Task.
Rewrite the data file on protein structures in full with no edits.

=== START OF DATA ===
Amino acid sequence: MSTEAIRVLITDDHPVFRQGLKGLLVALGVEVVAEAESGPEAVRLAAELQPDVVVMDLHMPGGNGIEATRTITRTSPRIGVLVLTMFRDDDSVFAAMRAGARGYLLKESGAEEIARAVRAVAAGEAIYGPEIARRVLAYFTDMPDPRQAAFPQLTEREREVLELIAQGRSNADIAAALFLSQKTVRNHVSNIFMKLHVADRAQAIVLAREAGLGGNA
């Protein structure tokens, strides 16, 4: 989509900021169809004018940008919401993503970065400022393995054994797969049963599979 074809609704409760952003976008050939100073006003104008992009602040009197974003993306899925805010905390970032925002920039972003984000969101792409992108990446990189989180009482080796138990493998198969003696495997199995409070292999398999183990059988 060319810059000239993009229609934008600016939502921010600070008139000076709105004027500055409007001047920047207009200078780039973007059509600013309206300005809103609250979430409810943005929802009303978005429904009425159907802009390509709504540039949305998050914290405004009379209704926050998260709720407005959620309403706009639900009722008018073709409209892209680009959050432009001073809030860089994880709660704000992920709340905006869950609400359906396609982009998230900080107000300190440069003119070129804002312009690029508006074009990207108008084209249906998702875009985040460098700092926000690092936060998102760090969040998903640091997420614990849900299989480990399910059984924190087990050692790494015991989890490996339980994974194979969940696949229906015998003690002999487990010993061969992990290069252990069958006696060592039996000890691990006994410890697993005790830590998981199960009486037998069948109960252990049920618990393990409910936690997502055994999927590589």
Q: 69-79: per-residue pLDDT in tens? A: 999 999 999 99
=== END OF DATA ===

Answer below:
Amino acid sequence: MSTEAIRVLITDDHPVFRQGLKGLLVALGVEVVAEAESGPEAVRLAAELQPDVVVMDLHMPGGNGIEATRTITRTSPRIGVLVLTMFRDDDSVFAAMRAGARGYLLKESGAEEIARAVRAVAAGEAIYGPEIARRVLAYFTDMPDPRQAAFPQLTEREREVLELIAQGRSNADIAAALFLSQKTVRNHVSNIFMKLHVADRAQAIVLAREAGLGGNA
């Protein structure tokens, strides 16, 4: 989509900021169809004018940008919401993503970065400022393995054994797969049963599979 074809609704409760952003976008050939100073006003104008992009602040009197974003993306899925805010905390970032925002920039972003984000969101792409992108990446990189989180009482080796138990493998198969003696495997199995409070292999398999183990059988 060319810059000239993009229609934008600016939502921010600070008139000076709105004027500055409007001047920047207009200078780039973007059509600013309206300005809103609250979430409810943005929802009303978005429904009425159907802009390509709504540039949305998050914290405004009379209704926050998260709720407005959620309403706009639900009722008018073709409209892209680009959050432009001073809030860089994880709660704000992920709340905006869950609400359906396609982009998230900080107000300190440069003119070129804002312009690029508006074009990207108008084209249906998702875009985040460098700092926000690092936060998102760090969040998903640091997420614990849900299989480990399910059984924190087990050692790494015991989890490996339980994974194979969940696949229906015998003690002999487990010993061969992990290069252990069958006696060592039996000890691990006994410890697993005790830590998981199960009486037998069948109960252990049920618990393990409910936690997502055994999927590589």
Q: 69-79: per-residue pLDDT in tens? A: 999 999 999 99